I work for an organization that works to get women to run for, and then get elected to public office. Why? Because equal representation is important in a democracy and we should be moving closer towards this goal all the time.
Right now there are quite a few outstanding women (and men) candidates in really tough races - races that will take the participation of their future constituents to win. But there's the rub: it's really effing hard to get everyday people interested in lower-level political races. While everyone turns out during the Presidential election year, it's tough as undercooked chuck to get folks' attention in the interim.
So, here's my argument as to why paying attention to who is running in your district (Senate, House, state legislative, etc...):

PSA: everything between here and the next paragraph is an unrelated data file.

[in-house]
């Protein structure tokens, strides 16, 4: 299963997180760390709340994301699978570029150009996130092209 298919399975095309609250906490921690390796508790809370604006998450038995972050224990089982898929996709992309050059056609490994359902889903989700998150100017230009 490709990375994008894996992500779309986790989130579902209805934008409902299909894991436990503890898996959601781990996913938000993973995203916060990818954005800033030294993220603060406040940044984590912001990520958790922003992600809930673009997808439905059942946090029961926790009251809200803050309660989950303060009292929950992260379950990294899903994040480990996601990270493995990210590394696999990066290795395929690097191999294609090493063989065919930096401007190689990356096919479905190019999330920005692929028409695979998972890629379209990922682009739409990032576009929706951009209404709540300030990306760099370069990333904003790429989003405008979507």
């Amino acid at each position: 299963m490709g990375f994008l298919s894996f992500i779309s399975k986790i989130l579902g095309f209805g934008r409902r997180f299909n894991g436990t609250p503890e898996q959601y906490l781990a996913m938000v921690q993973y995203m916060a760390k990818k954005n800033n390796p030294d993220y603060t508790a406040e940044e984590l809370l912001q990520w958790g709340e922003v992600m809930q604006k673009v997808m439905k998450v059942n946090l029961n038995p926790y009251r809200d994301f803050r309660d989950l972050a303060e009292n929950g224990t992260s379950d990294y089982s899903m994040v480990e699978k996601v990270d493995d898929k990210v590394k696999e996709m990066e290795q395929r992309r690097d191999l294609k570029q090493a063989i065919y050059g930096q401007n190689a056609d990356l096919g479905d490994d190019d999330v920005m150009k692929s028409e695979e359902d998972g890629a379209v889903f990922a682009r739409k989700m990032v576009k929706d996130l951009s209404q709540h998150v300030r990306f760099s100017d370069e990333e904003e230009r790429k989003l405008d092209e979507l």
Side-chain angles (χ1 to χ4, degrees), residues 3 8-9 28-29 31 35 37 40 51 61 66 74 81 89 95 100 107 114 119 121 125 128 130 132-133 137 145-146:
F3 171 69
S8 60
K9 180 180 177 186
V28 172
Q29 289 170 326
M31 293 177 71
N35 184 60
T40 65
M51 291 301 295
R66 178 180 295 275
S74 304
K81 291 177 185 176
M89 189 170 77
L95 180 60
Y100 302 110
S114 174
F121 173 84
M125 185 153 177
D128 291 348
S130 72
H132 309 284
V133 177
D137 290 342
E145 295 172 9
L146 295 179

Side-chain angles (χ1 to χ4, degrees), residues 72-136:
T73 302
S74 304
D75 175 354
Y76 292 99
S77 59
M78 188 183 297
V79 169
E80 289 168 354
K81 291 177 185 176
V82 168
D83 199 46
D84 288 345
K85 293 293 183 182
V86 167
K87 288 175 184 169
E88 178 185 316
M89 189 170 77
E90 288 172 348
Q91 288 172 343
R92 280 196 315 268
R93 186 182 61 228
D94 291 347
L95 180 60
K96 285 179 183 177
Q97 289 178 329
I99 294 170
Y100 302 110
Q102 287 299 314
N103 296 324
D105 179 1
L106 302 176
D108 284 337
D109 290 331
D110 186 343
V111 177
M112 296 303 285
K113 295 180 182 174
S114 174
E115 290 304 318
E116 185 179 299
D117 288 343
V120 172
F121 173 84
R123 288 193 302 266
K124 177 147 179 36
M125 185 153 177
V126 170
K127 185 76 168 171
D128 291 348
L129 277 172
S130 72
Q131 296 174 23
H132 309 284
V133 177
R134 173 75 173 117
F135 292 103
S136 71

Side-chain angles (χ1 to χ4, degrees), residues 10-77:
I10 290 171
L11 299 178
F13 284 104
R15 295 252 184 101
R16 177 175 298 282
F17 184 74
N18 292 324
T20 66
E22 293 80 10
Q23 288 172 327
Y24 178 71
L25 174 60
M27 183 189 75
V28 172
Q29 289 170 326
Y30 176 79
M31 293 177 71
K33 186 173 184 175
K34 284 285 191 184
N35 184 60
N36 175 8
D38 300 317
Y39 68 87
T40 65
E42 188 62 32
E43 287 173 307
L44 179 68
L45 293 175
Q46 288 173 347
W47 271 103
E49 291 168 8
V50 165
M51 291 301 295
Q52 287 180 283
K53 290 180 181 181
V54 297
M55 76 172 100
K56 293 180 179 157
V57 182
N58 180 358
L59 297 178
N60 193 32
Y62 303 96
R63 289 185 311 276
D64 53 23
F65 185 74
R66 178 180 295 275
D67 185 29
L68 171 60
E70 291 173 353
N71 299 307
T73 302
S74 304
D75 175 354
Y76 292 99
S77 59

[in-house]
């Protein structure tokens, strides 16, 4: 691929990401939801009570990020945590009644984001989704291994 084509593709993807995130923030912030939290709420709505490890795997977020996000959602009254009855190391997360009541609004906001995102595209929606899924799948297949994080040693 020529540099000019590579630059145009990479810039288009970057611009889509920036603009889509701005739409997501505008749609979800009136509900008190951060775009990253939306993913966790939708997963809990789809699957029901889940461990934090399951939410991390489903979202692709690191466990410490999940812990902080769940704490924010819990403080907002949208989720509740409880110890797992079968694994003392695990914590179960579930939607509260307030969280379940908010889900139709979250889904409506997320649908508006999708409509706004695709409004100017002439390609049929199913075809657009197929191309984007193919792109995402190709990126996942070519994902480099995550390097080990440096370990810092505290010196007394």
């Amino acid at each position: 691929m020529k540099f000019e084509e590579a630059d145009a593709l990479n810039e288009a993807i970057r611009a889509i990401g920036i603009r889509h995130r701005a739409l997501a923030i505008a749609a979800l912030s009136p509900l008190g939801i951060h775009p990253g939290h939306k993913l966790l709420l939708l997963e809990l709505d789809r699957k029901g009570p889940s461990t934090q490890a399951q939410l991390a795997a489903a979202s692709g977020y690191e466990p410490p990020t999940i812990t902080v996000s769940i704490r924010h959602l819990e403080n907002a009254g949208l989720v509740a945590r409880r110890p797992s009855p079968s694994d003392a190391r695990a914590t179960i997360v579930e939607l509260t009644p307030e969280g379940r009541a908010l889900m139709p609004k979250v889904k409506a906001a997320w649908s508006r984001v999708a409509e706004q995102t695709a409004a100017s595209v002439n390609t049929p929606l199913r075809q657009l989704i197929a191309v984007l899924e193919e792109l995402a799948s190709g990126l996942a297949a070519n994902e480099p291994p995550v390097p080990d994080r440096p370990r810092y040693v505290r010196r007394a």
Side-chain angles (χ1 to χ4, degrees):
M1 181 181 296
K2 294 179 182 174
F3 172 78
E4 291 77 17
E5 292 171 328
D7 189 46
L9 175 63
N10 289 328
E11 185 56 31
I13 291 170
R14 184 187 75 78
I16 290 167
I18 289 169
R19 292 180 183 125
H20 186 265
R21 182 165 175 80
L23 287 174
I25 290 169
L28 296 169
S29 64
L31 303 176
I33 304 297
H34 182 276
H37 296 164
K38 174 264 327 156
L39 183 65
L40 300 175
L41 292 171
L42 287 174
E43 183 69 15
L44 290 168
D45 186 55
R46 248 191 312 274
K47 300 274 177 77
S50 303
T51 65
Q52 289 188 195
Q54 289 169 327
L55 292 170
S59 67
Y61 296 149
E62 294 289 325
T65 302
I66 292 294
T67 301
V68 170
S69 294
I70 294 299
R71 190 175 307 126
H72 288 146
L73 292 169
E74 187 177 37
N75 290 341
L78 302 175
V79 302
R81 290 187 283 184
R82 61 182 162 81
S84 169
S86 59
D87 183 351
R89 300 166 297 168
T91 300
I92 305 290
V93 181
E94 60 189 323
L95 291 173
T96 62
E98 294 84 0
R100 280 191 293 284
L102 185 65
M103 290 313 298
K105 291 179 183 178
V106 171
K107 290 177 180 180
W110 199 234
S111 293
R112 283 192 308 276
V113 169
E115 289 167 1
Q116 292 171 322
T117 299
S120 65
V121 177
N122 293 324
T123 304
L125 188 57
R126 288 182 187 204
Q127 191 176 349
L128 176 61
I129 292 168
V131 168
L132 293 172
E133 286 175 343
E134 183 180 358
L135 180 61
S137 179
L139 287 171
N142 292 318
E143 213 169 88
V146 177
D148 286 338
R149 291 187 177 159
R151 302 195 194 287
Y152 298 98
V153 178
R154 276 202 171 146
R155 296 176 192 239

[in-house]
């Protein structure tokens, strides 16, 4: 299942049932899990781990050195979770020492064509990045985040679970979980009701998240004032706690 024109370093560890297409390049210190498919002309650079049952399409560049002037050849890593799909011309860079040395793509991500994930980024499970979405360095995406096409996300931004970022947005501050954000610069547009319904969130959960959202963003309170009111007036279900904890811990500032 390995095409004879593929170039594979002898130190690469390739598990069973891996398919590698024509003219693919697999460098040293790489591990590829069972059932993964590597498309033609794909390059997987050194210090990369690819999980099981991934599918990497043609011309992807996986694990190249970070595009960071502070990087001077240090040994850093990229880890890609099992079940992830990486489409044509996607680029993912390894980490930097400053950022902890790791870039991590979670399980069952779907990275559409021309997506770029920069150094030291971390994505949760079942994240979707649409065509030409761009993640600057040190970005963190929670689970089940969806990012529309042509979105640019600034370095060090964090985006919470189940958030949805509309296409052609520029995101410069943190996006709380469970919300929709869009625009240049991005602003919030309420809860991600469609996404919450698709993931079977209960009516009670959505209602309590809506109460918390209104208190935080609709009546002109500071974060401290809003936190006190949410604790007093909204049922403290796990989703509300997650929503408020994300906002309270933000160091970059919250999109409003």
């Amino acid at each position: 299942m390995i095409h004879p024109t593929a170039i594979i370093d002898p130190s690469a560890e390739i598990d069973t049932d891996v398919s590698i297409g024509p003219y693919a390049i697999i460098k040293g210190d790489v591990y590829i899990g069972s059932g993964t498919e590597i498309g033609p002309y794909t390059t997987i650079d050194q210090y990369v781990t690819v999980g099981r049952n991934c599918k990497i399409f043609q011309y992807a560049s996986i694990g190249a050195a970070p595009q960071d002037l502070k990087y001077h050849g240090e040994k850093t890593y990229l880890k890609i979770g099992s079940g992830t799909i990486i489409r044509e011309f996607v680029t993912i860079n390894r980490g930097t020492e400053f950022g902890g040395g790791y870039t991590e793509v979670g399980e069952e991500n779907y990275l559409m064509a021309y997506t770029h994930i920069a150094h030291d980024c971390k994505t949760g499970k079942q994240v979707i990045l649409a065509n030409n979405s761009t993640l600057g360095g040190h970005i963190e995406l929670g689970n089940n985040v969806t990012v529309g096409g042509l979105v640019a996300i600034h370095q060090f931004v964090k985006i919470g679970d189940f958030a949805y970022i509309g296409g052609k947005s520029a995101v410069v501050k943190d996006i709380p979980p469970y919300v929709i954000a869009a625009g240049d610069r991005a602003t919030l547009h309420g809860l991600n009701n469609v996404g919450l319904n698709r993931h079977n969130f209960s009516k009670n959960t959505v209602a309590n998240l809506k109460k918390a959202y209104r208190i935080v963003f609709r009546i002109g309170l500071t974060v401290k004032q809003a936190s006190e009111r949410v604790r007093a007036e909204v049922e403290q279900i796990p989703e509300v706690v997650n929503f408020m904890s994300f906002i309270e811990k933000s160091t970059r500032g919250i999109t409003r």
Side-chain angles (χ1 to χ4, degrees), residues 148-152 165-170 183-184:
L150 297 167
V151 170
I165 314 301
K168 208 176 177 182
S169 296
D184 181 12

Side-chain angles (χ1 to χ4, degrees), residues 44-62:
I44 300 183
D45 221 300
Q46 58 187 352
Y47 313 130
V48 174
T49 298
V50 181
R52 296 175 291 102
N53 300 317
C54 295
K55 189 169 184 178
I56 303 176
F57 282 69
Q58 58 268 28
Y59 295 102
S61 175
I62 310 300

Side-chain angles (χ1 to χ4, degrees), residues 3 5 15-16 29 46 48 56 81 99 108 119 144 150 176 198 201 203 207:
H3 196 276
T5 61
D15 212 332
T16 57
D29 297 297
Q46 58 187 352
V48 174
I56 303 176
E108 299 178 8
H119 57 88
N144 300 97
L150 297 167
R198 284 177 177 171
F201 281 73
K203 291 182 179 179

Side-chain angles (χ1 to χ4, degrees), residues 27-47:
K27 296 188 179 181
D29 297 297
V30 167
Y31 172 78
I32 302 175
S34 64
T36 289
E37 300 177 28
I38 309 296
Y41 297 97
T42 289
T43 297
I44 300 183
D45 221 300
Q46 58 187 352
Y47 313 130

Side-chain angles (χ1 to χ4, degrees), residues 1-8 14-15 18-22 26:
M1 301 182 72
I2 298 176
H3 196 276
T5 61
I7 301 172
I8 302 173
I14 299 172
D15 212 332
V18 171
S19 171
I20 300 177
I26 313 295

Wait, I don't even need bullet points for this because it's pretty damn simple.
THE PEOPLE THAT WE ELECT (via our vote, or our non-participation) GET TO MAKE DECISIONS ABOUT OUR LIVES.
When it's all said and done, you will be subject to these lawmakers' and law enforcers' conclusions, so we'd better make sure we fight the good fight to ensure that our voice is heard.
I know, I know. General election day is months away, but there are still some primarys to be won and none of the races are finished. Check out these candidates and then do something (give money, volunteer, learn more, spread the word, etc...):
Jennifer Brunner of Ohio for U.S. Senate
Robin Kelly of Illinois for State Treasurer
Kamala Harris of California for Attorney General
Terri Sewell of Alabama for U.S. Congress